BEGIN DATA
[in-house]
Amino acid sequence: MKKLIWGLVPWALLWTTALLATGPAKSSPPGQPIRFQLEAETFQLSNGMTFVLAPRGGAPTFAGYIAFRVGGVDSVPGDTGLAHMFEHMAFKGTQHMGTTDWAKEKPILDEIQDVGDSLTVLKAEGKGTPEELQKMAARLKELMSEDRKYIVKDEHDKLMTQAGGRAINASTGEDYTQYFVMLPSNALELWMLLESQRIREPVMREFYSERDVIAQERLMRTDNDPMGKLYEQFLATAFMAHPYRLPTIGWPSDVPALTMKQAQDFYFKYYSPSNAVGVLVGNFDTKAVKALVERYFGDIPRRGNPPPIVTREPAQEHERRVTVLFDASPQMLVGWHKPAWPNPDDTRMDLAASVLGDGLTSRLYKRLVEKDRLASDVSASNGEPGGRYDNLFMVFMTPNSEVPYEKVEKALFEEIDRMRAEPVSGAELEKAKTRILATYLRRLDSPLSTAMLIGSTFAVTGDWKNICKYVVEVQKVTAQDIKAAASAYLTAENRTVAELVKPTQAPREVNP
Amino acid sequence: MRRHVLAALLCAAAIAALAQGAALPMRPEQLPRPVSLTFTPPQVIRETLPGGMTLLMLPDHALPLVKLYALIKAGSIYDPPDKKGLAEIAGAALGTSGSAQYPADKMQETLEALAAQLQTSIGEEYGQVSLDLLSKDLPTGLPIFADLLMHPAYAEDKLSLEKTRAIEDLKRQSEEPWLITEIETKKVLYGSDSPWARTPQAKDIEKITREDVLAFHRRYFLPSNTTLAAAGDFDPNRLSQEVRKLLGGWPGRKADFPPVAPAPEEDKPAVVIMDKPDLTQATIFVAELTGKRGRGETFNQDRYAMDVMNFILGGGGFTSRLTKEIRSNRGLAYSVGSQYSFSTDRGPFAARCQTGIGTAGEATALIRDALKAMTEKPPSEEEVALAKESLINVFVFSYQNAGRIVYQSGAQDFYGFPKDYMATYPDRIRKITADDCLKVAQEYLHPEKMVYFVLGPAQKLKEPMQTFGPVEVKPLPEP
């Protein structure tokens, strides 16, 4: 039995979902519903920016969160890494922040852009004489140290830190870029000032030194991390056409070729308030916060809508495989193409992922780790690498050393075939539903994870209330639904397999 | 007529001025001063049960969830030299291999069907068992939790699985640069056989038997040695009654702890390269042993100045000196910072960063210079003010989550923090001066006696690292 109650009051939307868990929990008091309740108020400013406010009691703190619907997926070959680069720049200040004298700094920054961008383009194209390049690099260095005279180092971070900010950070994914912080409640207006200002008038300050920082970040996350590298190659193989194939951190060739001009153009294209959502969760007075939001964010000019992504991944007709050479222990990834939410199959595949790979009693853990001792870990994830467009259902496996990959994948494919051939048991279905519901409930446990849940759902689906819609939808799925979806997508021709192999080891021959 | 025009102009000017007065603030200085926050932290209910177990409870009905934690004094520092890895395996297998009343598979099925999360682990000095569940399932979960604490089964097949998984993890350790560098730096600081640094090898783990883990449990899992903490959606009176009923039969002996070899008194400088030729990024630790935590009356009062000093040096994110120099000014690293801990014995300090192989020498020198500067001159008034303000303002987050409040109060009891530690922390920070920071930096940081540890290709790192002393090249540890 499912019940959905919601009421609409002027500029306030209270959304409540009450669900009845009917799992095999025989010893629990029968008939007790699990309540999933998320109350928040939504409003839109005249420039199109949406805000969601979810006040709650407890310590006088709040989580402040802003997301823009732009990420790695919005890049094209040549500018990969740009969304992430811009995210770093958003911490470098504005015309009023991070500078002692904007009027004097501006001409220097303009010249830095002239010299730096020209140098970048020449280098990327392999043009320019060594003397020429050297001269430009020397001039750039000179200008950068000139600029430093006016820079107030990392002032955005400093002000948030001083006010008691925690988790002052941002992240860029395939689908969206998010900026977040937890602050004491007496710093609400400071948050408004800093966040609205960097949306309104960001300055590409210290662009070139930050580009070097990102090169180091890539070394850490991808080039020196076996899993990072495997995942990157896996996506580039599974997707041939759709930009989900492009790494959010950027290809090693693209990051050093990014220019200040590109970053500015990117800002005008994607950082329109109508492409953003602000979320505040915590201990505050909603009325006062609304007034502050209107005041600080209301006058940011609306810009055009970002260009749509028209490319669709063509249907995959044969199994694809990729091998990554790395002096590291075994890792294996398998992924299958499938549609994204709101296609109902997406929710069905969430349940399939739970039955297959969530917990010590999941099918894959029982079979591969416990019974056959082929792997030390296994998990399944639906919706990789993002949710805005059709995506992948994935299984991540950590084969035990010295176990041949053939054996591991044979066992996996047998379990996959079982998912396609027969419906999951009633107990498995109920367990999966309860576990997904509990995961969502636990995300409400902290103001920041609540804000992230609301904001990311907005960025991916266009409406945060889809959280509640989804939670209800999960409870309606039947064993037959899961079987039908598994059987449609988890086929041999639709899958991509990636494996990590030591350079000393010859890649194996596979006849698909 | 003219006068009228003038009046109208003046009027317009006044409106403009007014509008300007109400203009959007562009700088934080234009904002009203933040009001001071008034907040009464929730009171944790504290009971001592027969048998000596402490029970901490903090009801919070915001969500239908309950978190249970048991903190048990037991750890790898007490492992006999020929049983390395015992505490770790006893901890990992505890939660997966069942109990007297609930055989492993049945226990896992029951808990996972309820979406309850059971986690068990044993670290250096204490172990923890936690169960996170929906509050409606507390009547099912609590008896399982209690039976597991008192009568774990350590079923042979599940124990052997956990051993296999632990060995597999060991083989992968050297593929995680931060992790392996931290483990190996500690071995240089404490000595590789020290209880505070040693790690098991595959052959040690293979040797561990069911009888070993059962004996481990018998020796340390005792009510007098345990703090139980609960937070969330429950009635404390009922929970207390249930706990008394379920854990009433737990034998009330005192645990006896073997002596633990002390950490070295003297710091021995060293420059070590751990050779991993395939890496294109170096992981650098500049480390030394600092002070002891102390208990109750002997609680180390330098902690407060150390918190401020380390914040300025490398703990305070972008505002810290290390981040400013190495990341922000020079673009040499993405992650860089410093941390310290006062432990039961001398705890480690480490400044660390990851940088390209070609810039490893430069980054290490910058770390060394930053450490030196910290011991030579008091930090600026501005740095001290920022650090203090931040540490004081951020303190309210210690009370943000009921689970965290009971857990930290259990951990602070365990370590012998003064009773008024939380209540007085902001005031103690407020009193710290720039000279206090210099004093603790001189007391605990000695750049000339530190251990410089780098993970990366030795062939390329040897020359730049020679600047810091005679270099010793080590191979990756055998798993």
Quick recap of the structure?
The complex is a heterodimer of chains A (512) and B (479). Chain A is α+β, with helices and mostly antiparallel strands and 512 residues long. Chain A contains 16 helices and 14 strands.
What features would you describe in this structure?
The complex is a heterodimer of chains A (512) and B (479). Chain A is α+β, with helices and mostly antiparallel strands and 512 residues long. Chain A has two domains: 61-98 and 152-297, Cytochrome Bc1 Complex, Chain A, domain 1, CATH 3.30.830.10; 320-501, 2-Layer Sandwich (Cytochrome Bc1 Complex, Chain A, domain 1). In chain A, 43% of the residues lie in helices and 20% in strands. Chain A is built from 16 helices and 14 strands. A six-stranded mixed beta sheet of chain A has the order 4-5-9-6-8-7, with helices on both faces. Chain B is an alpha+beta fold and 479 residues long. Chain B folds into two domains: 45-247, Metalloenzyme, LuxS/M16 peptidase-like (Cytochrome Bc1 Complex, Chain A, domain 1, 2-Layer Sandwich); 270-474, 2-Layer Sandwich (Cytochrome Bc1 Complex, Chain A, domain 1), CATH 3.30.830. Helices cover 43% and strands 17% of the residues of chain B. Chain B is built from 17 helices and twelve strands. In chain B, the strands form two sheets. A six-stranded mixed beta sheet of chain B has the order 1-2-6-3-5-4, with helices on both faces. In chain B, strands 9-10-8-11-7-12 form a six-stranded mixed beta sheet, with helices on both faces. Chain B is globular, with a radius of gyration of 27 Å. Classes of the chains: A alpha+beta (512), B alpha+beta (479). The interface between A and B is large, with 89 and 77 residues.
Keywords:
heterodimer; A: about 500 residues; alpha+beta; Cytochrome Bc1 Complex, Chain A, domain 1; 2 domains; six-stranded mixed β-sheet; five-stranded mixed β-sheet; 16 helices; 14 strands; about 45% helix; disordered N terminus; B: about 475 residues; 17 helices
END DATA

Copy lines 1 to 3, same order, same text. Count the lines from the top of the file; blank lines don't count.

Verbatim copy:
[in-house]
Amino acid sequence: MKKLIWGLVPWALLWTTALLATGPAKSSPPGQPIRFQLEAETFQLSNGMTFVLAPRGGAPTFAGYIAFRVGGVDSVPGDTGLAHMFEHMAFKGTQHMGTTDWAKEKPILDEIQDVGDSLTVLKAEGKGTPEELQKMAARLKELMSEDRKYIVKDEHDKLMTQAGGRAINASTGEDYTQYFVMLPSNALELWMLLESQRIREPVMREFYSERDVIAQERLMRTDNDPMGKLYEQFLATAFMAHPYRLPTIGWPSDVPALTMKQAQDFYFKYYSPSNAVGVLVGNFDTKAVKALVERYFGDIPRRGNPPPIVTREPAQEHERRVTVLFDASPQMLVGWHKPAWPNPDDTRMDLAASVLGDGLTSRLYKRLVEKDRLASDVSASNGEPGGRYDNLFMVFMTPNSEVPYEKVEKALFEEIDRMRAEPVSGAELEKAKTRILATYLRRLDSPLSTAMLIGSTFAVTGDWKNICKYVVEVQKVTAQDIKAAASAYLTAENRTVAELVKPTQAPREVNP
Amino acid sequence: MRRHVLAALLCAAAIAALAQGAALPMRPEQLPRPVSLTFTPPQVIRETLPGGMTLLMLPDHALPLVKLYALIKAGSIYDPPDKKGLAEIAGAALGTSGSAQYPADKMQETLEALAAQLQTSIGEEYGQVSLDLLSKDLPTGLPIFADLLMHPAYAEDKLSLEKTRAIEDLKRQSEEPWLITEIETKKVLYGSDSPWARTPQAKDIEKITREDVLAFHRRYFLPSNTTLAAAGDFDPNRLSQEVRKLLGGWPGRKADFPPVAPAPEEDKPAVVIMDKPDLTQATIFVAELTGKRGRGETFNQDRYAMDVMNFILGGGGFTSRLTKEIRSNRGLAYSVGSQYSFSTDRGPFAARCQTGIGTAGEATALIRDALKAMTEKPPSEEEVALAKESLINVFVFSYQNAGRIVYQSGAQDFYGFPKDYMATYPDRIRKITADDCLKVAQEYLHPEKMVYFVLGPAQKLKEPMQTFGPVEVKPLPEP